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Ken Williams

Ken Williams

Position(s):
OF, 2B, 1B
Born:
June 28, 1890
Bats:
Left
Throws:
Right
Height:
6'
Weight:
170 lbs
Major League Debut:
7-14-1915 with CIN

The left fielder in one of the greatest outfields in baseball history, double-threat Ken Williams was ahead of his time. In 1922 he became the first man to collect 30 homers and 30 stolen bases in the same season, a feat not equaled for 34 years. Despite a late start (he wasn't a regular in the majors until he was 30 years old), Williams slugged 196 homers and batted .319, while leading the American League in slugging, total bases, homers, RBI, and extra-base hits at various times in his career. An aggressive player with few friends outside his own team, Williams earned the distinction of being Ty Cobb's most hated opponent.

"Brownie Stalwart of the 20s" said his obituary in the St. Louis Post-Dispatch. For those with long memories, Ken Williams was one of the cherished, lamented, never-quite-made-it team that finished a game behind the Yankee pennant-winners of 1922. He and the Browns had their best year together. A well-built six-footer who batted left and threw right, Williams led the league in home runs (39) and RBI (155) that year, hit .337 and stole 37 bases. This made him the first player ever to hit 30 home runs, steal 30 bases and hit .300. In one game he swatted three homers, in another, two in one inning; in between he had six in as many consecutive games. He had a pleasant, gap-toothed smile and was popular with teammates and fans.

Born and raised in Grants Pass, OR, Ken was the small-town boy who made it to the big leagues. He was the only ballplayer among six brothers whose mother had been a logging-camp cook and later operated an all-night restaurant serving the train crews when Grants Pass was a junction point on the railroad.

It took him a while to make it. After a two-year trial with Cincinnati, he was returned to the high minors, spent most of 1918 in the military, and began to see action wioth the Browns in 1919. The following year the club put together its finest outfield, with Ken in left, Baby Doll Jacobson in center, and Jack Tobin in right. Williams's numbers were always respectable, if not outstanding. In 1925, although he missed some games after being skulled by a pitch, he led the league with a slugging percentage of .613.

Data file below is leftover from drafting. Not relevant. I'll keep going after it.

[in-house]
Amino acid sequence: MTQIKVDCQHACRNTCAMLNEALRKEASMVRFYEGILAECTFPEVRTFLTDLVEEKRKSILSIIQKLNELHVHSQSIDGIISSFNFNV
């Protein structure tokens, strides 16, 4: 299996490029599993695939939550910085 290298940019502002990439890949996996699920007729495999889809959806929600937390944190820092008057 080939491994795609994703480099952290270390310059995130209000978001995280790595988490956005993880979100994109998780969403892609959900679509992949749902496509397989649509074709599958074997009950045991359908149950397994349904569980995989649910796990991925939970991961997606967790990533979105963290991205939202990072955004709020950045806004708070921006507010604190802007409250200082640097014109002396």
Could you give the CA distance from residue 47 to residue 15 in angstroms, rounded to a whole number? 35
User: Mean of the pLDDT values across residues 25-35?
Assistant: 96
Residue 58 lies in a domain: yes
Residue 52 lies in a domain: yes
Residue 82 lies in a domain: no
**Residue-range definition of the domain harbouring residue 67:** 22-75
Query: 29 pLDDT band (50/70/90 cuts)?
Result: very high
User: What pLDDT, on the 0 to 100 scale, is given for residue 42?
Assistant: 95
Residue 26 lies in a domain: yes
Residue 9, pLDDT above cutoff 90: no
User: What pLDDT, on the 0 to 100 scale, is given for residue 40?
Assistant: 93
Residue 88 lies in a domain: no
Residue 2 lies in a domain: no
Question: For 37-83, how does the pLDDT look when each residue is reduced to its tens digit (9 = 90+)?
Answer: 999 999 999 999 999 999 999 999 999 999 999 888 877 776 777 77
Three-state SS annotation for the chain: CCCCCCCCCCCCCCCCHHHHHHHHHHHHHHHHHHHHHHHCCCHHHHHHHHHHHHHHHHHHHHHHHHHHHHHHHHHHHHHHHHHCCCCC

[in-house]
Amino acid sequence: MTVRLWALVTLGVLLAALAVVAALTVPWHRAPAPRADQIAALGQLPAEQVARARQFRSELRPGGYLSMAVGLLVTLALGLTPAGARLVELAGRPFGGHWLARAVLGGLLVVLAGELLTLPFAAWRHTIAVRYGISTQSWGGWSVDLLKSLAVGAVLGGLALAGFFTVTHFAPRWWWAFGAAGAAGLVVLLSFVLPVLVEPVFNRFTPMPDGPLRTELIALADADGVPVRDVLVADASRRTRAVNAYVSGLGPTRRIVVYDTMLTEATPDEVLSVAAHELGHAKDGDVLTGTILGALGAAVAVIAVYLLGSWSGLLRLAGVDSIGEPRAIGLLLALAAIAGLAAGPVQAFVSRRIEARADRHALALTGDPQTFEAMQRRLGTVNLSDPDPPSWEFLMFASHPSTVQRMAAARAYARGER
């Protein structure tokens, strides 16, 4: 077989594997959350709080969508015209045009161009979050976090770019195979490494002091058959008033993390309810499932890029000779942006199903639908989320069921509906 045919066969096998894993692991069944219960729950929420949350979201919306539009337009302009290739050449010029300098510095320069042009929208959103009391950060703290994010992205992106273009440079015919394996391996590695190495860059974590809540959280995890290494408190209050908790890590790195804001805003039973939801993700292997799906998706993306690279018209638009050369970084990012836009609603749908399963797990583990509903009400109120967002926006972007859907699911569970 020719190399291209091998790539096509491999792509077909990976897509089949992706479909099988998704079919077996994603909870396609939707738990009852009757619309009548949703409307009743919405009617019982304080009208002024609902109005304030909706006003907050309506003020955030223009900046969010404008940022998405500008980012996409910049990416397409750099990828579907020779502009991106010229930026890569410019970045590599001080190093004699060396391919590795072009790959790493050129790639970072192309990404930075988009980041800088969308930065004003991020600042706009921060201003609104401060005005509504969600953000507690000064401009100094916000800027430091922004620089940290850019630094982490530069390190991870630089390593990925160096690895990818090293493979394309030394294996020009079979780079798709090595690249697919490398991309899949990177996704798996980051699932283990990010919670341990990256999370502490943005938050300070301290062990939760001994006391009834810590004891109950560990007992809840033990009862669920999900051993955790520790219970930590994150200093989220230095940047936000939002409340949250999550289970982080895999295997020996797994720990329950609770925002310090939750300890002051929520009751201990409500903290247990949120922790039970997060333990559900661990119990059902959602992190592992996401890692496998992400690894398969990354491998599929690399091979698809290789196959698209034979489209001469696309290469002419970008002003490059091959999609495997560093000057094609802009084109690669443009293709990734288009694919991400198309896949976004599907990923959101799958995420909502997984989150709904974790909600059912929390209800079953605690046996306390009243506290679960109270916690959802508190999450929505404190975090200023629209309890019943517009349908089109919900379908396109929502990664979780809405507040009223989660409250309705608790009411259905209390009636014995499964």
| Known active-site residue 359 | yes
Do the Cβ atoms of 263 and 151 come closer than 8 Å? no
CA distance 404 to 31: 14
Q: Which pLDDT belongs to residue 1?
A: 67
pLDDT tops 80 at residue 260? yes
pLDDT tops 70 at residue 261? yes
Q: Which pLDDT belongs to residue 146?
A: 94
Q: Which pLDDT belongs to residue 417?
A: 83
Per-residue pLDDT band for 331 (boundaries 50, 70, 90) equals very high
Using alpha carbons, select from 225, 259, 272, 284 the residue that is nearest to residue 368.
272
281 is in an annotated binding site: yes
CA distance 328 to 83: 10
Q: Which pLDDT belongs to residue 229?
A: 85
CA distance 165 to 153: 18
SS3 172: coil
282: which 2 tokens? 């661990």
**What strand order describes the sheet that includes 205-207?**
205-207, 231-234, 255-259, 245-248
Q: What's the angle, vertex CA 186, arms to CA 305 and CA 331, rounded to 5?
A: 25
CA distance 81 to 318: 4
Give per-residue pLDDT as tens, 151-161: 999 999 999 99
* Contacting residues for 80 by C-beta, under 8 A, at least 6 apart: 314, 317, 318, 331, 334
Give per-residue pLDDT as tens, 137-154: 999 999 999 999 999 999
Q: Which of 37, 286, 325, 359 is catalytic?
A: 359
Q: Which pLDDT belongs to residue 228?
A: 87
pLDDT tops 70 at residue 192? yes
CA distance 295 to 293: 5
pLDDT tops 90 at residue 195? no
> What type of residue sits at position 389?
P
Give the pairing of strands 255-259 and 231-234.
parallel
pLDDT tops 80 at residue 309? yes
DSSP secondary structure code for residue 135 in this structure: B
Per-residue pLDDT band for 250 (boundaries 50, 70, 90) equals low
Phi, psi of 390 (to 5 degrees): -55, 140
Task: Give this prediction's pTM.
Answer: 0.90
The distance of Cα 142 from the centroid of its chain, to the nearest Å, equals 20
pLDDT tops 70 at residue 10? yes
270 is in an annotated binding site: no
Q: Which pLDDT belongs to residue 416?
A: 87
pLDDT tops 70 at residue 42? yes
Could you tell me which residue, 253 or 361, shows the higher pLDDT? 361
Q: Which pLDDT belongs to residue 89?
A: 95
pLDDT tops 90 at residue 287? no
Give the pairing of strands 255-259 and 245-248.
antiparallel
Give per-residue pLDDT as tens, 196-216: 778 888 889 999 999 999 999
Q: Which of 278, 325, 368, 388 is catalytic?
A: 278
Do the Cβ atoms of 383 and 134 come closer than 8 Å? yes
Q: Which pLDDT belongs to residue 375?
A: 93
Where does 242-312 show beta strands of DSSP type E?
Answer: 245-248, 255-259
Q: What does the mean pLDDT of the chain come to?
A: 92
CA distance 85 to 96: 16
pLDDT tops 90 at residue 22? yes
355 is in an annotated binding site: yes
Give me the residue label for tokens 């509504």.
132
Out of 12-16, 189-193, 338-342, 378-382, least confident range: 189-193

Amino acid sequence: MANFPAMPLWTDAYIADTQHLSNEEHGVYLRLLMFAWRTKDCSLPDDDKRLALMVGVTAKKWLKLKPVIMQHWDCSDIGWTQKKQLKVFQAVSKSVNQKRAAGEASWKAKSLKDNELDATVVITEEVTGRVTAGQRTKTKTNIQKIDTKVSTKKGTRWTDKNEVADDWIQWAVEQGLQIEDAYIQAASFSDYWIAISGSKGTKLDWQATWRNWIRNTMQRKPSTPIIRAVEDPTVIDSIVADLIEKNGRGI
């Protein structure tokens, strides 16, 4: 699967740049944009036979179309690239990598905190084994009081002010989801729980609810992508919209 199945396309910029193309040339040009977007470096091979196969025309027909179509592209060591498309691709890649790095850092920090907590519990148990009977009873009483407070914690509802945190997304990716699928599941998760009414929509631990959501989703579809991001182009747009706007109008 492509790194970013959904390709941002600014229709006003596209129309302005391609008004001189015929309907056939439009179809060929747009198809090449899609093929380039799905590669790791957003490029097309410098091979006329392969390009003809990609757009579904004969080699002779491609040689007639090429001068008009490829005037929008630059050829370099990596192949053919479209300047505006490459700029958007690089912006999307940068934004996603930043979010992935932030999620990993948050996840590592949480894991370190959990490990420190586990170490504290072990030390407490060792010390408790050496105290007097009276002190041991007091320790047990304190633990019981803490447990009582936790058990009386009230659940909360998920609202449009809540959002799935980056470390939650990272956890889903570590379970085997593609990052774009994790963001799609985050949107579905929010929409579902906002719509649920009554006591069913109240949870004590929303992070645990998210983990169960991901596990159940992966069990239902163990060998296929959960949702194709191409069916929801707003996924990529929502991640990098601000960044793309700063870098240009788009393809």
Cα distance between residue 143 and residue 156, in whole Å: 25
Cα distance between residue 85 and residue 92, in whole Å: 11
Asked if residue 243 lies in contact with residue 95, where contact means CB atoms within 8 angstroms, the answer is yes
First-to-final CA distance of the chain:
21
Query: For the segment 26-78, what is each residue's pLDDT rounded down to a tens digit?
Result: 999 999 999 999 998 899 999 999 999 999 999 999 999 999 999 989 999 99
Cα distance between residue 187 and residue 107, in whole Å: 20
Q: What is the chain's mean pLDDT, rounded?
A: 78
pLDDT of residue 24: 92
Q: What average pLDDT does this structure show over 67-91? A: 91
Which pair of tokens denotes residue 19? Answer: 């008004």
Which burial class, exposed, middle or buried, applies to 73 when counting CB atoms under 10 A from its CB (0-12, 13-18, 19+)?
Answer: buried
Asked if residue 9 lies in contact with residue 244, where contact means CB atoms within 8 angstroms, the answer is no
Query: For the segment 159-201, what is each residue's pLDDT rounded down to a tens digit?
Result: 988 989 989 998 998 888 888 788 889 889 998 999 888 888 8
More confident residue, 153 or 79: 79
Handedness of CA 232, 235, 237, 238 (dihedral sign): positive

The Browns sold him to Boston, where he put in two more .300 years. Portland (PCL) had him for two more, and at 41 he retired to Grants Pass.

Home Run Facts
On April 25, 1922, Williams homered for the fourth straight game, giving him six home runs in four games to tie Babe Ruth's record set in 1921. He homered again four days later and ended the month with nine home runs. Ruth, who was suspended for the first few weeks of the season, never caught up, and Williams won the home run crown.

On April 22, 1922, Williams hit three homers (with George Sisler on base each time) and two singles against the visiting White Sox, to lead St. Louis to a 10–7 win. He became the first AL player to hit three home runs in a game.

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